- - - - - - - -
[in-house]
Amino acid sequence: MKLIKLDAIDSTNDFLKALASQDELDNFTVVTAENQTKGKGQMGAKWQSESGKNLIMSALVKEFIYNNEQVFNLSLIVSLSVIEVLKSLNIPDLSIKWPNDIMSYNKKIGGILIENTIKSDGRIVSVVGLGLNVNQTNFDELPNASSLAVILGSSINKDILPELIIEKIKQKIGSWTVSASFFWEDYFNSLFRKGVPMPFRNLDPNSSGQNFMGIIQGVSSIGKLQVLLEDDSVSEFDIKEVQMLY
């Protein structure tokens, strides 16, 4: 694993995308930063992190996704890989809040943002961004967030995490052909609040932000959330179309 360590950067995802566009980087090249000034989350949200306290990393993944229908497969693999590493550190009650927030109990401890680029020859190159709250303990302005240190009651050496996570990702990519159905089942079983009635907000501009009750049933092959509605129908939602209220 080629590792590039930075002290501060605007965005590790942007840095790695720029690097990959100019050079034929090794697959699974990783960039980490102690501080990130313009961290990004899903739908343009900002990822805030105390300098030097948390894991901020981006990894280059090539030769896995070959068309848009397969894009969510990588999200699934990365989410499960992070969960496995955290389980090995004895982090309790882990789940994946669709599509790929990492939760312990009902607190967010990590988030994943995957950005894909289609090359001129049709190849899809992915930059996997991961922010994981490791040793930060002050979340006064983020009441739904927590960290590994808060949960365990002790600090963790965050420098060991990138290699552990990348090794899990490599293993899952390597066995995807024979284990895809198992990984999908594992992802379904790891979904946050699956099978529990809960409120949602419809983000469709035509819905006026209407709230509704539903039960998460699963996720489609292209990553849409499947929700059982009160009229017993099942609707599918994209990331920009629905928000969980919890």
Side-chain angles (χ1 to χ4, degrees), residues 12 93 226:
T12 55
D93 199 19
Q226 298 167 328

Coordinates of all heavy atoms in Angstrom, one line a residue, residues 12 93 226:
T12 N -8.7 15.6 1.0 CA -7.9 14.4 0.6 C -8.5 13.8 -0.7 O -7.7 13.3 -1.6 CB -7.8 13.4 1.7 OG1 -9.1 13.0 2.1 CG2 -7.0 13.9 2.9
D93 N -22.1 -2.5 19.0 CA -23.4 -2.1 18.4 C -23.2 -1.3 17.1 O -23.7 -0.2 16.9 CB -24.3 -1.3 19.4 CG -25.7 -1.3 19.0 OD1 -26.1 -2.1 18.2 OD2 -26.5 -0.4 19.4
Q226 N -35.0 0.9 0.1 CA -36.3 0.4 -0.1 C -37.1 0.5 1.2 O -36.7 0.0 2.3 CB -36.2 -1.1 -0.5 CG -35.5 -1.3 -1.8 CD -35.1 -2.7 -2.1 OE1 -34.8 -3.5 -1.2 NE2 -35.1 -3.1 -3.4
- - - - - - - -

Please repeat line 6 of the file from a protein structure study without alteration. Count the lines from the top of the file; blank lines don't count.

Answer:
D93 199 19